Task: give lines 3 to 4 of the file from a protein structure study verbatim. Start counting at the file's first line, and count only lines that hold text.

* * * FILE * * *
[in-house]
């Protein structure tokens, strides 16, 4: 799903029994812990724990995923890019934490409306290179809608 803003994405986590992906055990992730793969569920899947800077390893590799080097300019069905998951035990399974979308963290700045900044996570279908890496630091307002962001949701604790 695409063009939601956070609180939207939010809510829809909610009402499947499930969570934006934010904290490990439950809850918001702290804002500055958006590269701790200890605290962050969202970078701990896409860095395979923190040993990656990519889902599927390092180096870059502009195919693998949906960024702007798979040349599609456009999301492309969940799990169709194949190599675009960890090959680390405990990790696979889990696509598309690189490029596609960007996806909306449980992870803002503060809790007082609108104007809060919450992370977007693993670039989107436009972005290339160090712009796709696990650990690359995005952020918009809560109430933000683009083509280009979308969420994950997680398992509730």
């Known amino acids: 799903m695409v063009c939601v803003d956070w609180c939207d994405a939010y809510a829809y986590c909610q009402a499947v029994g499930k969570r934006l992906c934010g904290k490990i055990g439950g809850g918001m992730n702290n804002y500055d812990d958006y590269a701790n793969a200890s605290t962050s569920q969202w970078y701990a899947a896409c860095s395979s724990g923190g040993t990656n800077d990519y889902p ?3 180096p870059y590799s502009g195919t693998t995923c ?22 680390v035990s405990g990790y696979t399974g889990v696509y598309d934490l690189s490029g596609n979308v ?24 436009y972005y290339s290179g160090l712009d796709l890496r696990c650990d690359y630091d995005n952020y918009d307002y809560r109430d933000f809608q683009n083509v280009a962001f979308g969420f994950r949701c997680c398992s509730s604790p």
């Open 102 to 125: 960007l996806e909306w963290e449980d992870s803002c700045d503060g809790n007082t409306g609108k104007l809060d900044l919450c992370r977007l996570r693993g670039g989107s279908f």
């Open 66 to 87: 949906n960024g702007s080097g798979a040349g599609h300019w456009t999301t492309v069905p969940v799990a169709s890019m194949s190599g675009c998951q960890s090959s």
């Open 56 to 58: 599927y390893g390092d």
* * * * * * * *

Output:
């Known amino acids: 799903m695409v063009c939601v803003d956070w609180c939207d994405a939010y809510a829809y986590c909610q009402a499947v029994g499930k969570r934006l992906c934010g904290k490990i055990g439950g809850g918001m992730n702290n804002y500055d812990d958006y590269a701790n793969a200890s605290t962050s569920q969202w970078y701990a899947a896409c860095s395979s724990g923190g040993t990656n800077d990519y889902p ?3 180096p870059y590799s502009g195919t693998t995923c ?22 680390v035990s405990g990790y696979t399974g889990v696509y598309d934490l690189s490029g596609n979308v ?24 436009y972005y290339s290179g160090l712009d796709l890496r696990c650990d690359y630091d995005n952020y918009d307002y809560r109430d933000f809608q683009n083509v280009a962001f979308g969420f994950r949701c997680c398992s509730s604790p």
């Open 102 to 125: 960007l996806e909306w963290e449980d992870s803002c700045d503060g809790n007082t409306g609108k104007l809060d900044l919450c992370r977007l996570r693993g670039g989107s279908f």